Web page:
Psoriasis Talk: Alternative Treatments
It can be overwhelming just thinking about the many treatment options for psoriasis. Topical medicines, steroids, and biologics can control psoriasis symptoms. But there is no cure for the underlying disease. For many, this means living with itchy, scaly skin even while taking powerful drugs to lessen discomfort.
Research about alternative treatments for psoriasis remains sparse. Still, some people say they find relief by increasing their water intake and getting more sun. Others may take herbal supplements or use lotions with alternative ingredients.
Understanding the alternative
Our goal at PlaquePsoriasis.com is to validate and provide resources to those living with this condition. In addition to sharing stories and insight from psoriasis advocates, we also conduct our annual In America survey. This survey helps us to better understand how psoriasis impacts real patients.
The 5th Psoriasis In America survey was conducted online from October 2019 through March of 2020. A total of 868 people completed the survey. In it, we asked about alternative treatments and their impact. Time to take a look at what those with psoriasis have to say:
Here comes the sun
In the survey, 49 percent of psoriasis patients revealed that they use sunlight to treat their psoriasis. Sunlight contains both UVA and UVB light.
Many psoriasis patients use regular, brief periods of sun exposure to reduce symptoms. This is best for people with mild or moderate psoriasis that is not made worse by sun exposure.1 Your doctor can advise you about how long to spend in the sun and how often. They also check regularly for sun damage.
Before starting treatment with sun exposure, let your doctor know if you are using any topical medicines. Many of these can make your skin more sensitive to light and more likely to burn. It is crucial that you protect yourself from sunburns. Sun damage can make psoriasis symptoms worse. There are plenty of ways to enjoy the sun and be safe.
A healthy lifestyle is possible
Those with psoriasis also shared the lifestyle changes that have made a difference in their symptoms.
Many survey respondents wrote about staying hydrated. Drinking more water serves as an extra defense to keep the skin moisturized. Chemicals like caffeine dehydrate your body when you drink them. Consuming alcohol not only dehydrates you but can trigger psoriasis symptoms.2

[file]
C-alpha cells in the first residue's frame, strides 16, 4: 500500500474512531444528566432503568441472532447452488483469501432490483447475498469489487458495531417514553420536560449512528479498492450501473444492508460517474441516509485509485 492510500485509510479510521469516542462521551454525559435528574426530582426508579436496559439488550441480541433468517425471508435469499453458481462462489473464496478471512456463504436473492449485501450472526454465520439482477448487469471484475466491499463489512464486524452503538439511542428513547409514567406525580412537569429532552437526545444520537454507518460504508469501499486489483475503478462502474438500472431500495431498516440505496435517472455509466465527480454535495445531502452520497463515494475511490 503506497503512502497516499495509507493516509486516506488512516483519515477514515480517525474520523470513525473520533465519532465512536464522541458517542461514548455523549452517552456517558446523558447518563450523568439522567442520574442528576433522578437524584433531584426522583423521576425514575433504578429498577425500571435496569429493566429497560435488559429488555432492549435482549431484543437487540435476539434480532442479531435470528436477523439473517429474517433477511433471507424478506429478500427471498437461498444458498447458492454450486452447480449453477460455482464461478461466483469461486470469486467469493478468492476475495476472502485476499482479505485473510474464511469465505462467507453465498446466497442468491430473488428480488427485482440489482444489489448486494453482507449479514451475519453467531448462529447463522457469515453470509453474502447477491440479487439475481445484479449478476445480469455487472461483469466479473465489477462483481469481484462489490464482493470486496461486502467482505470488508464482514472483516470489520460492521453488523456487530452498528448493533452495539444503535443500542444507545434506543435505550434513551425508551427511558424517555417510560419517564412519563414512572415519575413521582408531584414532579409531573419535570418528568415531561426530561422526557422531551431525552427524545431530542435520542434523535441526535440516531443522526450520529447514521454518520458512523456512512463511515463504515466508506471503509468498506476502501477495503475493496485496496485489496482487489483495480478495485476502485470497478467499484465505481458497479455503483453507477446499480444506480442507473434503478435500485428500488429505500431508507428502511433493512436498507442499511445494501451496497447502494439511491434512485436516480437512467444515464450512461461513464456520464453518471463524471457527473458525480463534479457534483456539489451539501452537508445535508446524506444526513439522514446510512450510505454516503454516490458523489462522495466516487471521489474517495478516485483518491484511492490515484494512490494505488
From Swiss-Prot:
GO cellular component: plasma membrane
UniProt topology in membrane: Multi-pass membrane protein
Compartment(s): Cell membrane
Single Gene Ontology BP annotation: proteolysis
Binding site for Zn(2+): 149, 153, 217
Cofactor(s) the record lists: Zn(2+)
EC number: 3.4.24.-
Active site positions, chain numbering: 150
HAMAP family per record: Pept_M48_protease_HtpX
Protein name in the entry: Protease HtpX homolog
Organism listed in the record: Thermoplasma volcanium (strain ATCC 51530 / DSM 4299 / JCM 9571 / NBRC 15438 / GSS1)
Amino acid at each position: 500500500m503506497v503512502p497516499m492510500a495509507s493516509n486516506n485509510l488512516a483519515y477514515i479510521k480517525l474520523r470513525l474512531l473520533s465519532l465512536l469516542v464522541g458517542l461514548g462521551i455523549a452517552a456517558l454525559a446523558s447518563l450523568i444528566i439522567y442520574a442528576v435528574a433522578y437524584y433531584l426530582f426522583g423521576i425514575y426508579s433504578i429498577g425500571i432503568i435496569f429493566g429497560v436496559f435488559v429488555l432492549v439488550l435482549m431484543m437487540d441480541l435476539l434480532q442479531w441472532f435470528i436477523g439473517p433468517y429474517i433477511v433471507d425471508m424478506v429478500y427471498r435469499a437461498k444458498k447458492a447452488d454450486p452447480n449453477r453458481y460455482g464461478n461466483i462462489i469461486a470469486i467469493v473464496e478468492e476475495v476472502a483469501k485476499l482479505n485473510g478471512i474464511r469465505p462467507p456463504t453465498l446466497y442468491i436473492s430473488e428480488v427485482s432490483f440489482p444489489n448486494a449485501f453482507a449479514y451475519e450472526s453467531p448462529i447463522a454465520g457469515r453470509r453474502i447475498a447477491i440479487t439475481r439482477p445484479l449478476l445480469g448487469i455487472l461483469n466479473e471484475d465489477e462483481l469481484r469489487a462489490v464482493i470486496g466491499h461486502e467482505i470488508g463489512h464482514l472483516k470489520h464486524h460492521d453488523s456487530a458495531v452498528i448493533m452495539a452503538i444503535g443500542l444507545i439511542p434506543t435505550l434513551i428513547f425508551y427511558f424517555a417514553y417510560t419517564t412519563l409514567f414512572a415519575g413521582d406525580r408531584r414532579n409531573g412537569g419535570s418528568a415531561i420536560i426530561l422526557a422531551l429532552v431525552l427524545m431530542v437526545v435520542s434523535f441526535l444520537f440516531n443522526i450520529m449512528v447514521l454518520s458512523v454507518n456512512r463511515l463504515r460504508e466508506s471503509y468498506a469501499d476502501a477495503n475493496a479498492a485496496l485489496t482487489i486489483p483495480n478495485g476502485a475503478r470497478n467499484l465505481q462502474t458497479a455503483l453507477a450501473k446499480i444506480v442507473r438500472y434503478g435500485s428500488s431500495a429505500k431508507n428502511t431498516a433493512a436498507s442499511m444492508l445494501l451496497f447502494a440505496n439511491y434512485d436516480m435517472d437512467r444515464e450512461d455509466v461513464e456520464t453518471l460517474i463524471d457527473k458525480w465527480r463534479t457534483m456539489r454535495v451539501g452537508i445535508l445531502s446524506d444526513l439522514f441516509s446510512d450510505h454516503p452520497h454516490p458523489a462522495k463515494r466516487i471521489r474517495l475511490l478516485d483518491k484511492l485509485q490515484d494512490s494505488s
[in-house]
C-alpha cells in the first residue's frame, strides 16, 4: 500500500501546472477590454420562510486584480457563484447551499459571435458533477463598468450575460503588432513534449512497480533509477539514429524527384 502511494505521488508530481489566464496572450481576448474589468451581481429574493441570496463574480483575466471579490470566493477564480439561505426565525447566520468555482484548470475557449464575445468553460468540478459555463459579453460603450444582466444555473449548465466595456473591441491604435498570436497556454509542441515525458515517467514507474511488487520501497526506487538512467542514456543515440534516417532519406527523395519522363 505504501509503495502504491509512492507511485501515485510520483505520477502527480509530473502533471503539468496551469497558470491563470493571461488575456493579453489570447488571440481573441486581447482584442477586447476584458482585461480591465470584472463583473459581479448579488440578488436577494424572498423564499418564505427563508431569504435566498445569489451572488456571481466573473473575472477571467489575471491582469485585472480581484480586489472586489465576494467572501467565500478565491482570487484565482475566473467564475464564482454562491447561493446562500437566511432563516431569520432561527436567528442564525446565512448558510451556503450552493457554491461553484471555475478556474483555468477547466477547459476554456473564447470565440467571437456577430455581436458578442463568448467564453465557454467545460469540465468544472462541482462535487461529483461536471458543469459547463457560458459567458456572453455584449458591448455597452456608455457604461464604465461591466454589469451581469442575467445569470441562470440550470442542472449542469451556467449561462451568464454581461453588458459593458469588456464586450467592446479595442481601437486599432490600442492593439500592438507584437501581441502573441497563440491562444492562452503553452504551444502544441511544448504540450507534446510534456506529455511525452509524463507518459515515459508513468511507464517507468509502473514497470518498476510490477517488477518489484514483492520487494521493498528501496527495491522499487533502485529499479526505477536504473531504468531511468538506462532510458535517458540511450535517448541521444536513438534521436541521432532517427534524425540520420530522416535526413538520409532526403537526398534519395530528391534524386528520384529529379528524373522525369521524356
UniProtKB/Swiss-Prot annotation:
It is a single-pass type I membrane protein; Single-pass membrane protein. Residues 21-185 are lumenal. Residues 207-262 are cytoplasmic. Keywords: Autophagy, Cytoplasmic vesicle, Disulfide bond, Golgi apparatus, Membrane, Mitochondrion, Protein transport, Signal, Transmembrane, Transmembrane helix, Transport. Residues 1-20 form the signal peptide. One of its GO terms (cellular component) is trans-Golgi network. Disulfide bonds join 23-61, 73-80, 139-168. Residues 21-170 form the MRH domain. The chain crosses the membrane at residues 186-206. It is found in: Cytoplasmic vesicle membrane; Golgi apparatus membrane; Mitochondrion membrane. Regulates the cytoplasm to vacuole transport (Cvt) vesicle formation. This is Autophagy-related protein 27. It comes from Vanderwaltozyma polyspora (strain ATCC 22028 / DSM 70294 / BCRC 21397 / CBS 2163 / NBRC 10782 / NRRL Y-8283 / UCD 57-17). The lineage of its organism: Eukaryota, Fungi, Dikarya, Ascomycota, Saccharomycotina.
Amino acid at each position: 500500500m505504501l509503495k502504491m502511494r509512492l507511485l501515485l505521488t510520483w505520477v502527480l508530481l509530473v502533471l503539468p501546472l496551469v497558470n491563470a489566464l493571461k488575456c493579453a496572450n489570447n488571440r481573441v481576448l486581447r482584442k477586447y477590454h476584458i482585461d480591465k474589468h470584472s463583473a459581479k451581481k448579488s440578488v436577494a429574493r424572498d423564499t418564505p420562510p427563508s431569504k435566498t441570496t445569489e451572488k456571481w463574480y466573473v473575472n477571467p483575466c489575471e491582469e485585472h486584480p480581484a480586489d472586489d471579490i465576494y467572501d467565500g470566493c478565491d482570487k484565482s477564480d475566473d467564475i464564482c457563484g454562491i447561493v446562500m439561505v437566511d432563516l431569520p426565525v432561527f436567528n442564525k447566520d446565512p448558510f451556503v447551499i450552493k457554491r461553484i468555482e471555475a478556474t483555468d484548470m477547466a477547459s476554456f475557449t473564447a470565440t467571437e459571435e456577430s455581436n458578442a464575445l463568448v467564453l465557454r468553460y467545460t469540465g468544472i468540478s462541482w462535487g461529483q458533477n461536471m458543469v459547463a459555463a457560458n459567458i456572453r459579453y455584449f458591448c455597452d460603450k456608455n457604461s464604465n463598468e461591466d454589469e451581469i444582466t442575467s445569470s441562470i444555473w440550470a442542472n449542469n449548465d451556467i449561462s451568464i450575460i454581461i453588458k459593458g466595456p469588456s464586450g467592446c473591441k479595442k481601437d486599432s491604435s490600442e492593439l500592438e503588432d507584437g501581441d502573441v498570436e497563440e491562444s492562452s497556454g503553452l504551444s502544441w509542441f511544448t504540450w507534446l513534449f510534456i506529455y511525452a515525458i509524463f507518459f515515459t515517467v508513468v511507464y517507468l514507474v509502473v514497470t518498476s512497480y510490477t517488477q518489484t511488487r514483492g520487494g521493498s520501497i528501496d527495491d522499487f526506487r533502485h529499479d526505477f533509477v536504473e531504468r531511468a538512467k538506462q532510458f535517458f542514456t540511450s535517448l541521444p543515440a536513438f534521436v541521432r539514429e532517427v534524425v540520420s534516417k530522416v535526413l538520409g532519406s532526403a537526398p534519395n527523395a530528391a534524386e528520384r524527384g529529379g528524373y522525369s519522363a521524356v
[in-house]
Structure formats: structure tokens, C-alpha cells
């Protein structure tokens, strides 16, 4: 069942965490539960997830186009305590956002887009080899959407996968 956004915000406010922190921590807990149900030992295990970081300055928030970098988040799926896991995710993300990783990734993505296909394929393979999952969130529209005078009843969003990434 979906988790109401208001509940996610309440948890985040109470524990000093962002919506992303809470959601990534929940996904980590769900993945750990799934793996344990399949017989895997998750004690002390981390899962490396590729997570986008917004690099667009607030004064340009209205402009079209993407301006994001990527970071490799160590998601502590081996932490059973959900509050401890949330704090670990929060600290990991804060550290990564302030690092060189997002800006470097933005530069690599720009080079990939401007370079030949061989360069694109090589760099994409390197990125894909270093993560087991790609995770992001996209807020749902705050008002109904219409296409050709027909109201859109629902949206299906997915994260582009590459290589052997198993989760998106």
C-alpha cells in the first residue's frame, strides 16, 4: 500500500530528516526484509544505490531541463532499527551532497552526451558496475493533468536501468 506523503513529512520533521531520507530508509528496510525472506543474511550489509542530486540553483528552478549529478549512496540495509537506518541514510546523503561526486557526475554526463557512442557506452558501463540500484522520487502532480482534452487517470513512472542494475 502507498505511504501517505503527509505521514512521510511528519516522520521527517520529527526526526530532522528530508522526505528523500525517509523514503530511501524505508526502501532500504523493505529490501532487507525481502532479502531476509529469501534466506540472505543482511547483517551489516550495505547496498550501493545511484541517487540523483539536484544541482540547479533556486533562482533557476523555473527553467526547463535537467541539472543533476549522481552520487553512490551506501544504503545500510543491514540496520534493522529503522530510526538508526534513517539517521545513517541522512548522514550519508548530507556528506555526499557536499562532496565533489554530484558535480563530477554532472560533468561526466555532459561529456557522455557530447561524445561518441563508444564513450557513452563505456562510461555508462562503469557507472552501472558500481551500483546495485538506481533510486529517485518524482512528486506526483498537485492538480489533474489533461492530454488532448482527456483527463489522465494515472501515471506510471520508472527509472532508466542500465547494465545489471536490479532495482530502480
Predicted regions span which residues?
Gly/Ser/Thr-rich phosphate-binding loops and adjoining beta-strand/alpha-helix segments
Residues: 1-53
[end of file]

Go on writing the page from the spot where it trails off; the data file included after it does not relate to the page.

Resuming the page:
Talk with your doctor about any vitamins, supplements, or lifestyle changes. Some can make your psoriasis medicines work less effectively or even cause side effects.
What else does the community have to say?
There is validation and acceptance when we find a connection with someone else. This is especially true of those who live with psoriasis. Other members of online communities can not only confirm strange symptoms but provide support to those who are struggling.
On our PlaquePsoriasis.com Facebook page, we asked, "What are some of your favorite natural remedies for psoriasis?"
Here are a few of the responses:
"I take a turmeric capsule every morning, and I mix powdered turmeric from the spice rack with Aquaphor and apply it to my psoriasis every morning."
"Vitamin E oil for face and scalp, shea/cocao/vaseline for body."
"Dead Sea salt baths."
Learn more about alternative treatments
Hear straight from our advocates about many different alternative treatments. Along with research, they share their own approaches to managing psoriasis with alternative treatments.
- Diane compares standard and alternative treatments. She also shares her research on treating psoriasis symptoms with bee venom.
- Chris shares about dry brushing and gives his tips for safety.
- Clair stresses the importance of reading the fine print before starting new alternative treatments.
- Tikeyah writes about how to get your vitamin D tested.
Talk with your doctor!
Before starting any treatment, standard or alternative, speak with your doctor. You and your doctor can decide which options fit within your treatment plan while considering all aspects of your health.
Where on your body does psoriasis bother you the most?